Podcasting is a numbers game. It’s all about who can see you, and the last thing you want is to keep yourself relegated to one or two platforms. Yes, there’s work that needs to get done that goes beyond submitting your podcast to iTunes and Stitcher!
That being said, you also don’t want to keep those platforms isolated from each other and pray that your audience will just stumble on your show.
It’s all about action! So today, we bring you some advice on how to get the maximum ROP (Return On Podcast) by getting the most exposure humanly possible with these 7 most commonly overlooked strategies.
1. Facebook Ads & Brand Pages
Facebook, as we’ve mentioned before, provides an effective and cheap advertising service that allows you to get in front of your target audience. In addition to giving you an easily accessible platform for promoting your show, you can create a brand page for your website or product that anyone can easily look up, like, and message.
With Facebook, you can:
- Post a variety of media (pictures, videos, etc) to your timeline.
- Highlight your services so that your listeners know just what you’re providing.
- Leverage paid advertising tools like retargeting and Facebook custom audiences to build your list or sell more of your products and services.
2. LinkedIn Premium
LinkedIn is different from most other social networks in that it allows you to nurture leads and build some amazing relationships with people in your industry (we go into more detail about that here). There’s no other professional social platform that can hold a candle to LinkedIn. And when you take into account what you can do with their publishing platform, it’s a game changer.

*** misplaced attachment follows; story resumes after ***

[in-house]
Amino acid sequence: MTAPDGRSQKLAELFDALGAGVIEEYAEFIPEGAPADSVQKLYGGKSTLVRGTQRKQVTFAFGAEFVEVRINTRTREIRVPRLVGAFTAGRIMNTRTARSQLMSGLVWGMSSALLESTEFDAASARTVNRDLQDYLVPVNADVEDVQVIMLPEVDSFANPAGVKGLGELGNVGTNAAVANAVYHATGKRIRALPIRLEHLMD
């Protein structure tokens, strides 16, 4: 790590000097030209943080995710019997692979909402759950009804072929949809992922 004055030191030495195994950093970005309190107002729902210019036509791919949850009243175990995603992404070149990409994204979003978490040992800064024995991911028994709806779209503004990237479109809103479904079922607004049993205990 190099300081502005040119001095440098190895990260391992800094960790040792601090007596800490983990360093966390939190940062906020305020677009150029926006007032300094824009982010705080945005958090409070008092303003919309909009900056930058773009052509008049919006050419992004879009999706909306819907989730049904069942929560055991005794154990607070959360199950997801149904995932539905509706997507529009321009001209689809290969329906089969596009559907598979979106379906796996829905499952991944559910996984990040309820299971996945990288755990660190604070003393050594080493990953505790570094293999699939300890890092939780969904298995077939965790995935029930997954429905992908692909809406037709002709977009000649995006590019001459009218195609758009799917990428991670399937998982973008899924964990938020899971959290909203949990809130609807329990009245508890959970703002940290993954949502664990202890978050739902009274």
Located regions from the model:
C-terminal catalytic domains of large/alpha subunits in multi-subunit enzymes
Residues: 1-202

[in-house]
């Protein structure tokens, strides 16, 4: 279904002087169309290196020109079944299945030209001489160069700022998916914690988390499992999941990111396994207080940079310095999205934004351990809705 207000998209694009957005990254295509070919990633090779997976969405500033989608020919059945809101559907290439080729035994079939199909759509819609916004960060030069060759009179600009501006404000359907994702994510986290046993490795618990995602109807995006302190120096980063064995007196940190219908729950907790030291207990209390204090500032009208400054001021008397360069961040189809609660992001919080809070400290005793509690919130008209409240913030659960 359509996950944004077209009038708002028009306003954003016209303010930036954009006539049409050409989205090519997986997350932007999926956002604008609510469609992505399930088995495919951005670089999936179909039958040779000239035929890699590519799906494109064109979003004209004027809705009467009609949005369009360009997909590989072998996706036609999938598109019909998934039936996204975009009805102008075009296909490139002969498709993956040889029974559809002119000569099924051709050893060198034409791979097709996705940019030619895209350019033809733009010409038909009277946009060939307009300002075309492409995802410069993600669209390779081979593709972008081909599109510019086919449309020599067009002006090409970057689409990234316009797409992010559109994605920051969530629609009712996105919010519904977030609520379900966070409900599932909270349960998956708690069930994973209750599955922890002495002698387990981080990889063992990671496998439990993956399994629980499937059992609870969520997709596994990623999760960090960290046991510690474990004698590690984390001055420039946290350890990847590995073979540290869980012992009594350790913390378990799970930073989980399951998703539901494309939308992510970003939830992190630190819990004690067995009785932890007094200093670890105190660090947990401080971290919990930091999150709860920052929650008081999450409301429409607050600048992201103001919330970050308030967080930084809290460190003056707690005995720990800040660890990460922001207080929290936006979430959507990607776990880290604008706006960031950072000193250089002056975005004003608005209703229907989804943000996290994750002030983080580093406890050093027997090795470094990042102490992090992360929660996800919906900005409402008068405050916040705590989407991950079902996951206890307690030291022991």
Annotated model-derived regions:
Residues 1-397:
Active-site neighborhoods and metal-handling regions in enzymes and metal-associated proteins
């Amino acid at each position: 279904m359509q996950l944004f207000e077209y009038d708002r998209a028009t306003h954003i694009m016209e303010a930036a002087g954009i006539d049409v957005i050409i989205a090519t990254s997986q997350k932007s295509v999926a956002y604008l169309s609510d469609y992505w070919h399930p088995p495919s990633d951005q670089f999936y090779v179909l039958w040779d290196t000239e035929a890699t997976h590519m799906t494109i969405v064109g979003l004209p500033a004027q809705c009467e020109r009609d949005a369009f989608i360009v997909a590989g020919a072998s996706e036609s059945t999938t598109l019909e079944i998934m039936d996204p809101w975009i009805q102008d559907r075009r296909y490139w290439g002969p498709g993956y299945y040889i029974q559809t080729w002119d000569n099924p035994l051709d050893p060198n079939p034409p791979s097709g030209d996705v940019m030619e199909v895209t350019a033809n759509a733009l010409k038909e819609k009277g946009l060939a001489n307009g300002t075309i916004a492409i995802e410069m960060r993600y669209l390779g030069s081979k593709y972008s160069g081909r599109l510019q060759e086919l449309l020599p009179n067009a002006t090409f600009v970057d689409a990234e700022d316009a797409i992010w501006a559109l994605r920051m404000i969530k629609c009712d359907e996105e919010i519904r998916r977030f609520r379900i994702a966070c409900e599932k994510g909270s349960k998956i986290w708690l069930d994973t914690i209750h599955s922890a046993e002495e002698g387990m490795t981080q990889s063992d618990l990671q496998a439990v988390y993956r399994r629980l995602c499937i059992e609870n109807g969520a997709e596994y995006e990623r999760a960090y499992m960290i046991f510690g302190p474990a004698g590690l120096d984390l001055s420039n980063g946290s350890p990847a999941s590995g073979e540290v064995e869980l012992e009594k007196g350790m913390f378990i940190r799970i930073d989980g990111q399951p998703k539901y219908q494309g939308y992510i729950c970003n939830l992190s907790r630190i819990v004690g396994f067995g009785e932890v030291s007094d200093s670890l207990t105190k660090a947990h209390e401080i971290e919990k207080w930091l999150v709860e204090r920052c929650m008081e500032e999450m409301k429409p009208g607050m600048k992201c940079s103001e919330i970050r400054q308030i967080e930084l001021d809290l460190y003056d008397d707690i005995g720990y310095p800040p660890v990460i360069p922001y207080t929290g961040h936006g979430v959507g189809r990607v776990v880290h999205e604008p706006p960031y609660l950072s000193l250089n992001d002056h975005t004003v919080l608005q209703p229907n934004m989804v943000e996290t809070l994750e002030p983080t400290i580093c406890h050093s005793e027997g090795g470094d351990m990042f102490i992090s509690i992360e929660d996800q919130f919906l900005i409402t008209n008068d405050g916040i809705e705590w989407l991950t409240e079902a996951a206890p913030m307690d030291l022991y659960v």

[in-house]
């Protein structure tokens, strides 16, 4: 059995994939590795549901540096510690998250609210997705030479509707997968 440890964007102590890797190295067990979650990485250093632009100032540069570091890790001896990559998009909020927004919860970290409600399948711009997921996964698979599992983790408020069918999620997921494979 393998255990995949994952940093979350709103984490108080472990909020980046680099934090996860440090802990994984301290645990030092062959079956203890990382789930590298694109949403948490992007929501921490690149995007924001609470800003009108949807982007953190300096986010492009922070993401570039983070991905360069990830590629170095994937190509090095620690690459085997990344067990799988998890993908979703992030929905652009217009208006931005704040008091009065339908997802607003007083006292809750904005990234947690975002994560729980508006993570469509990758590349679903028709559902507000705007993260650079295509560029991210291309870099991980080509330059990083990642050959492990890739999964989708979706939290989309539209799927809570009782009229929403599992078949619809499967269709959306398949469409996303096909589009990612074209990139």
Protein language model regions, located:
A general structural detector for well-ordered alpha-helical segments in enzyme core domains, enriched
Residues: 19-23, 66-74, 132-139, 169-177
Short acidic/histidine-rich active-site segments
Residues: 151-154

With LinkedIn, you can:
- Gain access to industry leaders and influencers.
- Market yourself effectively to your peers and other focus groups.
- Get exposure on an incredible content marketing platform – LinkedIn Pulse.
Like Facebook, Twitter is a good resource for sharing content with your audience, and fast while also being able to easily share relevant information about yourself. However, Twitter also gives you the opportunity of reaching out to different people who may not be exposed to your brand on other social media platforms. It’s a great opportunity to extend your content marketing efforts and strengthen your overall public presence.
With Twitter, you can:
- Give your audience a more engaging experience by giving them a call-to-action with a simple voting system (they even have a poll tool) where you can ask them about what they’d like to see in future episodes, what to ask guest, etc.
- Get direct, quick, easy interactions with an audience that is separate from Facebook.
- Take advantage Twitter’s paid advertising platform by promoting your tweets.
YouTube is special on this list in how it’s a purely audio-visual platform, and that allows you to open up a whole world of different and cool content that your audience will love. The sky’s the limit on how you want to add content to your show, and anyone can find your channel through a simple search of similar keyword phrases. In other words, it allows people to find you when they still don’t know your name.
With YouTube, you can: